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The purpose of this Instructable is to move a hair drier to a hidden location that is out of the way. Hair dryers are bulky and tend to be a bit problematic to put in a normal drawer since they are an odd shape. Under your sink is a perfect place to tuck these away.

I have seen kits to buy which will allow you to do these steps. They are not too expensive, but they are a LOT more expensive than this project. I spent $6 on the hinges, and that is all. I did have the plywood and tools already, but even if you have to buy the wood, you are still going to be well under $20.

This is my first Instructable, and I am entering it in the wood working contest, so if you like it send me a vote! Thanks.

As a side note I have to thank my dad for installing my electrical.  That was a huge help, and not an area I know a lot about.  Along those lines I recommend you get a qualified electrician to install any outlet you want under the sink, as it is not part of this Instructable.

Step 1: Measure, Plan and Begin to Cut

In this instance my counter top was not yet installed. I was able to measure the width and depth of the cabinet pretty easily. All these steps could be done with the top installed, but I would take it off if at all possible. Or maybe just tuck this Instructable away for next time you install a new bathroom.

After measuring we have to cut the plywood to fit. I used a finished plywood that was 4' x 2' to start with and 1/4" thick.

1) Cut the plywood to width (side to side)

2) Cut the plywood to depth (Front to back)

3) Take the leftover part from step 2 and cut it into 3 sections each about 3/4" to 1" wide.

4) Cut 1 of your three strips in half to use as side braces, the other 2 will be for the front and back supports.

I used a table saw for all these cuts.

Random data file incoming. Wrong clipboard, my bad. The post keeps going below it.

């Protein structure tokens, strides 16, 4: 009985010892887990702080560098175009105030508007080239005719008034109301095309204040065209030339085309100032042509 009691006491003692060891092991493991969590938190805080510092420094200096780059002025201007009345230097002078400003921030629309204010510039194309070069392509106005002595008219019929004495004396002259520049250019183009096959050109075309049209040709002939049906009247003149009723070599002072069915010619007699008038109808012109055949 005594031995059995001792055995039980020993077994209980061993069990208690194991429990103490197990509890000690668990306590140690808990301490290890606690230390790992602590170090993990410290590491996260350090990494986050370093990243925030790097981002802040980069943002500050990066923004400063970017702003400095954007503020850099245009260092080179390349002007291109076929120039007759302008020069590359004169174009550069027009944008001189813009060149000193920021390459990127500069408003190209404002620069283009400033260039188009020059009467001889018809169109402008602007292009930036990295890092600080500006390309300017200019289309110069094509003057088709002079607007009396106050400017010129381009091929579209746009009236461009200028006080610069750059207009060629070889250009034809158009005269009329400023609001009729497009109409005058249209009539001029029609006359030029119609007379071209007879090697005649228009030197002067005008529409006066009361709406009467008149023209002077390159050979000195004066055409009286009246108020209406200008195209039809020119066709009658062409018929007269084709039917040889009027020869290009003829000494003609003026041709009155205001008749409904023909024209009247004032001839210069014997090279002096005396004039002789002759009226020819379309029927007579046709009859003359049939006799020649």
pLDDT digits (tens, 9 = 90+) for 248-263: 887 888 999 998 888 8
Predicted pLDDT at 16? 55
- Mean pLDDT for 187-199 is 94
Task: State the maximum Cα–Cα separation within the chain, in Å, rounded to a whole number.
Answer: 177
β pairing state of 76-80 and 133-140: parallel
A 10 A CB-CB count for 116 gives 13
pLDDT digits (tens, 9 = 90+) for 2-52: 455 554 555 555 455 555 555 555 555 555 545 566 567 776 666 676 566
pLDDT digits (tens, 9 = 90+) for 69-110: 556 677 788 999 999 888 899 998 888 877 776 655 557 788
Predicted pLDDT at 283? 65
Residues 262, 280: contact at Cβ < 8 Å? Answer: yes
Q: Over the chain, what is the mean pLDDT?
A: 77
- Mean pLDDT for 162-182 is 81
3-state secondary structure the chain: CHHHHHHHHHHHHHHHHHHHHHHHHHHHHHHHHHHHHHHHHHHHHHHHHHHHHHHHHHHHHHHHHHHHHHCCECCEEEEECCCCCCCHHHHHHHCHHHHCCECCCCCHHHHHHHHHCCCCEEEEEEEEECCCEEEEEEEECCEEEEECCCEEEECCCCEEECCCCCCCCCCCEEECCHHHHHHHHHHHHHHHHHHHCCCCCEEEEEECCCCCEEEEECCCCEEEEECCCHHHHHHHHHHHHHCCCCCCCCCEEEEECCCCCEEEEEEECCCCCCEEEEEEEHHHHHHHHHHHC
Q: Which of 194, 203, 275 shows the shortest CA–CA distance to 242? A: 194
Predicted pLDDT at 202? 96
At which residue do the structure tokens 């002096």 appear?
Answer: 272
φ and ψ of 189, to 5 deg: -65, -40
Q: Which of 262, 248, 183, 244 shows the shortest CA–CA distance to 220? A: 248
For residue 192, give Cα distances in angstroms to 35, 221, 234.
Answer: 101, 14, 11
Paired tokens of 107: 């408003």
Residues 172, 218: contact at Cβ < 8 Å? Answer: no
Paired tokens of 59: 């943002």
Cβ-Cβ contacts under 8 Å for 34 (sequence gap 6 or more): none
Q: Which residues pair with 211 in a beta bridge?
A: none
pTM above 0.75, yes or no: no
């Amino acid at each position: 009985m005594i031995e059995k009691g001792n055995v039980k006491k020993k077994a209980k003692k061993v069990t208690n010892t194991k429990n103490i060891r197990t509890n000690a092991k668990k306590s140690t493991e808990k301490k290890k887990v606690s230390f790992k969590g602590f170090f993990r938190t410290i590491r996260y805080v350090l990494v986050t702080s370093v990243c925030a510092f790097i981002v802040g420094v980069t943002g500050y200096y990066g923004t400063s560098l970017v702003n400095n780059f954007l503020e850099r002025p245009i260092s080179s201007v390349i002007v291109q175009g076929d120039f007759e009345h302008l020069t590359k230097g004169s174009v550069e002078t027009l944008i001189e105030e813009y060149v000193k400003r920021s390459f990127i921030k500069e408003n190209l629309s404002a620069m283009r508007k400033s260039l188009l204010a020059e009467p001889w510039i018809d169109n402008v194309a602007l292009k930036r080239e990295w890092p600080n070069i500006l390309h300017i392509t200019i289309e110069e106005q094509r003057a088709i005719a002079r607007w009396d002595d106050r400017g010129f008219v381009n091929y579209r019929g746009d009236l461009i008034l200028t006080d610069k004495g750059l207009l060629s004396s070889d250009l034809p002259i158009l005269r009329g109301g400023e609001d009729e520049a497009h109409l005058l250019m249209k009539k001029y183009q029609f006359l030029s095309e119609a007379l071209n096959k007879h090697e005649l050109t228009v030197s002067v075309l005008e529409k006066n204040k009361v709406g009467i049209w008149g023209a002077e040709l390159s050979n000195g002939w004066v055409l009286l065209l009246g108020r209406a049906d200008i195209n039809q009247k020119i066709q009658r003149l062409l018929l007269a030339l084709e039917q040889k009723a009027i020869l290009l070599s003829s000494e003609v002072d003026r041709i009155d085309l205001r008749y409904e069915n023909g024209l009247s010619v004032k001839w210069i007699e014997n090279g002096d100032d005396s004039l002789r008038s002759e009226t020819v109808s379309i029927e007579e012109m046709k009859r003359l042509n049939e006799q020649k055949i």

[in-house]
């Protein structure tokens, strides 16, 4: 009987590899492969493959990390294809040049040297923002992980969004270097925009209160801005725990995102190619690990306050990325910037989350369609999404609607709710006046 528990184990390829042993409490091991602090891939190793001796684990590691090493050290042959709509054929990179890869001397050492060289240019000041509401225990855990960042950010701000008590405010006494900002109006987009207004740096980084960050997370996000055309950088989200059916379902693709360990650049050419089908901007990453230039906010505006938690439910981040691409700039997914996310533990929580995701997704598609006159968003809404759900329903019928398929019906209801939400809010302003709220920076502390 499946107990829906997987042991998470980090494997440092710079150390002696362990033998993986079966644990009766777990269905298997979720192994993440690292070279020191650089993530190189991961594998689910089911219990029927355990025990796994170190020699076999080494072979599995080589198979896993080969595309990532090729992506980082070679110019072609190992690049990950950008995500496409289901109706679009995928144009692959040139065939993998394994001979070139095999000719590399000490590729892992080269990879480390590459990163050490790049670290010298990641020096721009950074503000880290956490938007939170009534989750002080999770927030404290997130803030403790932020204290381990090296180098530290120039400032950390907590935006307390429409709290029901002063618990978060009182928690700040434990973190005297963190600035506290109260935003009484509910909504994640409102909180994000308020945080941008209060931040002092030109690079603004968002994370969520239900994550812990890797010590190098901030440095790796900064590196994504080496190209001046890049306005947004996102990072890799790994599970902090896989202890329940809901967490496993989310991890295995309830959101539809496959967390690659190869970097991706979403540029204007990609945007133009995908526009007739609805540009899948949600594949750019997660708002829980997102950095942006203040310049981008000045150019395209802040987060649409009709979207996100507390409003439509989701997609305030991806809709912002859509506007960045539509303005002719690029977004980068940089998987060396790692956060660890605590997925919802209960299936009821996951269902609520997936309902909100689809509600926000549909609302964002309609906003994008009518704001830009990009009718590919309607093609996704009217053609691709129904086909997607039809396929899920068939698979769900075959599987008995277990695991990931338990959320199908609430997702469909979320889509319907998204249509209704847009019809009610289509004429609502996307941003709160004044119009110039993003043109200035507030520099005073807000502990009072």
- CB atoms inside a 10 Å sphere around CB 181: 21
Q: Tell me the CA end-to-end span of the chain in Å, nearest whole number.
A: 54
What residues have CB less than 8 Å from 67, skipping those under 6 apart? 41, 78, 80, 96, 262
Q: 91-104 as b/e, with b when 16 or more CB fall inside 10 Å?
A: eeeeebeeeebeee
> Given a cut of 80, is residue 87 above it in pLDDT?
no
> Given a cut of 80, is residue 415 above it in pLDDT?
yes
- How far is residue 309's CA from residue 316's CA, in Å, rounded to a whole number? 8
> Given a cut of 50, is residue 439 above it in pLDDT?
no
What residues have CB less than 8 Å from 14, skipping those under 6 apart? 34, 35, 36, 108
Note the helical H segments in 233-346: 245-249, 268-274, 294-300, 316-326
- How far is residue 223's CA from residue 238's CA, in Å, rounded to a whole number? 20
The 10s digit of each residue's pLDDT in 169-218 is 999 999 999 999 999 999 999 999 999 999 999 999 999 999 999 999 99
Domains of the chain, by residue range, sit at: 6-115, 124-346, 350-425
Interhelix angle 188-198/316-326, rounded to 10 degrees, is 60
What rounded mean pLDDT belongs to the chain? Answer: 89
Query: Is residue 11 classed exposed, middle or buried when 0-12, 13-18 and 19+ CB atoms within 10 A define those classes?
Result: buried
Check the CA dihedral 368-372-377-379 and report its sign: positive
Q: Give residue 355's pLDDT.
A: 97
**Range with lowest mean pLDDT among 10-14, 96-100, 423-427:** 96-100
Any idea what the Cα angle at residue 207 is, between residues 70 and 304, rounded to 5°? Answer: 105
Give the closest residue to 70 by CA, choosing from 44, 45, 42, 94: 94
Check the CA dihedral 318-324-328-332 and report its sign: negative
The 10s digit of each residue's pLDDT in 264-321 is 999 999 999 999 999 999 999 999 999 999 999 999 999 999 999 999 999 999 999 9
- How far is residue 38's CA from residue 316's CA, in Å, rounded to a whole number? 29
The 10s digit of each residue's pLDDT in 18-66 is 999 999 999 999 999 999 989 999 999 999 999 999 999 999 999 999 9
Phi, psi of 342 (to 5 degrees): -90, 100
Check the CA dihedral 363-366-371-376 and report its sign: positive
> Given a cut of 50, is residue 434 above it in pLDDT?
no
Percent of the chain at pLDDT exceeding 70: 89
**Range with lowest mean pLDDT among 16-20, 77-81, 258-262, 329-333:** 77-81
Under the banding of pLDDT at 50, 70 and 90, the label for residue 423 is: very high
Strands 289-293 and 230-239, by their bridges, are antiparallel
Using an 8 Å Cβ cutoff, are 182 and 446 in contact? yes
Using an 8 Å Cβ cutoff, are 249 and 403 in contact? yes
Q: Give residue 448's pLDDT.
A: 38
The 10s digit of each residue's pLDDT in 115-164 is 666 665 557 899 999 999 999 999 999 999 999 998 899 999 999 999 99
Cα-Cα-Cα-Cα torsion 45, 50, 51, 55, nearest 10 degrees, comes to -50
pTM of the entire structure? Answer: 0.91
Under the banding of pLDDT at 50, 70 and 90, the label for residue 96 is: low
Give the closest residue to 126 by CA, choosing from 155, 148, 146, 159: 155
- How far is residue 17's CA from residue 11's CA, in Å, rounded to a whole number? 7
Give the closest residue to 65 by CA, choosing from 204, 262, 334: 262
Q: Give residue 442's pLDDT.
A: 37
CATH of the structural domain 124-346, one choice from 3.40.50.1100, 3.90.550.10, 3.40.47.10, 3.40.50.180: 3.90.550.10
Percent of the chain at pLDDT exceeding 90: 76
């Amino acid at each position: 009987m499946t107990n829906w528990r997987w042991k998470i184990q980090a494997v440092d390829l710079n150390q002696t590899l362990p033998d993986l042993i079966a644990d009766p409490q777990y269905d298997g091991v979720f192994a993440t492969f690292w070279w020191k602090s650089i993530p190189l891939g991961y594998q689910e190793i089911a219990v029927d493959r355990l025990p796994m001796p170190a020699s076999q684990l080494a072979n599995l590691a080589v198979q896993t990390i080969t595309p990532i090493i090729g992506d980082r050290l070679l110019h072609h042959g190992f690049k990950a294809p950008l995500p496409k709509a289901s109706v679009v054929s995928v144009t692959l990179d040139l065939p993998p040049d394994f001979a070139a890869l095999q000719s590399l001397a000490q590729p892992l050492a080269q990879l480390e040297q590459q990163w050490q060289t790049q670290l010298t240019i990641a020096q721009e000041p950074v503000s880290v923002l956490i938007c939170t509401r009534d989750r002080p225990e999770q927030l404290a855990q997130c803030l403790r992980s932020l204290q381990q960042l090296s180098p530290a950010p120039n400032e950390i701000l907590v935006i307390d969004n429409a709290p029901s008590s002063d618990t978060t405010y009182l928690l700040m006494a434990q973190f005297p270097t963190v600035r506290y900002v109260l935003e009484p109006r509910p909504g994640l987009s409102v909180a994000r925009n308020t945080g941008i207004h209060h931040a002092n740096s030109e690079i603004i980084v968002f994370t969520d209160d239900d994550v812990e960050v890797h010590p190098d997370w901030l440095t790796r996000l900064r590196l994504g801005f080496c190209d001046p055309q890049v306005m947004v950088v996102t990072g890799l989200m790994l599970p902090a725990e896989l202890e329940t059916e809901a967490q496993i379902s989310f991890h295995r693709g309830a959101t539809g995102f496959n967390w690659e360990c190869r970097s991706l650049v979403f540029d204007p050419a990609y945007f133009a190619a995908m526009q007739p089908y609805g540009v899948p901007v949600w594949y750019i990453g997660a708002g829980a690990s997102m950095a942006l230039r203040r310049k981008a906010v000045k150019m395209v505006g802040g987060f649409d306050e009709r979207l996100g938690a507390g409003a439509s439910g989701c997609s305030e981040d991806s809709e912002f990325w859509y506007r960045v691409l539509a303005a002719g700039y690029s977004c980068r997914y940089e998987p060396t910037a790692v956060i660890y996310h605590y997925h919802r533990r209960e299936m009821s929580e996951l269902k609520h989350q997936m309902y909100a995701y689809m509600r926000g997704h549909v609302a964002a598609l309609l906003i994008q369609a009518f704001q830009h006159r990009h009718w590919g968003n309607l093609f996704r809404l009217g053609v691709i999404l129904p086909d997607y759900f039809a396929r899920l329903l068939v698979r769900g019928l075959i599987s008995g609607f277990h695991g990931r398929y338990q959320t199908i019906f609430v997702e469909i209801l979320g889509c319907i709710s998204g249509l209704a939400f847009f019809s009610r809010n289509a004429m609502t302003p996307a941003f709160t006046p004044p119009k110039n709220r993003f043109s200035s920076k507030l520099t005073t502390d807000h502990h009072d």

Step 2: Install Braces

I installed the front brace first You can see in the picture there is only 1 place it can go, and that is between the main doors and the top portion which will be opening.

Measure the location of the top brace, from the floor of your cabinet. Before installing the side and back braces mark the location they should be in. It is easy to line the front of the side braces up, but the back part you will need to set to your mark.

I used wood glue and my small nail gun to attach them.

Step 3: Cutout Sink Hole

Now install your drawer base, the largest piece of plywood you cut out. Put your counter top back on, and using a pencil mark where the sink will go. I just free-handed this, but you could measure also.

Then cut the U shape mark out that you made.

Before I could install the base I had to cut a notch out of the 4 corners to slide this in. The final picture shows one of these near the outlet.

Step 4: Apologize to Your Wife

I was doing all this work in our bedroom, so there is now sawdust all over the bed. Be sure to seek forgiveness, but also it doesn't hurt to remind her this whole bathroom remodel was her idea...

Step 5: Install Hinges and a Small Brace

Now the cool part!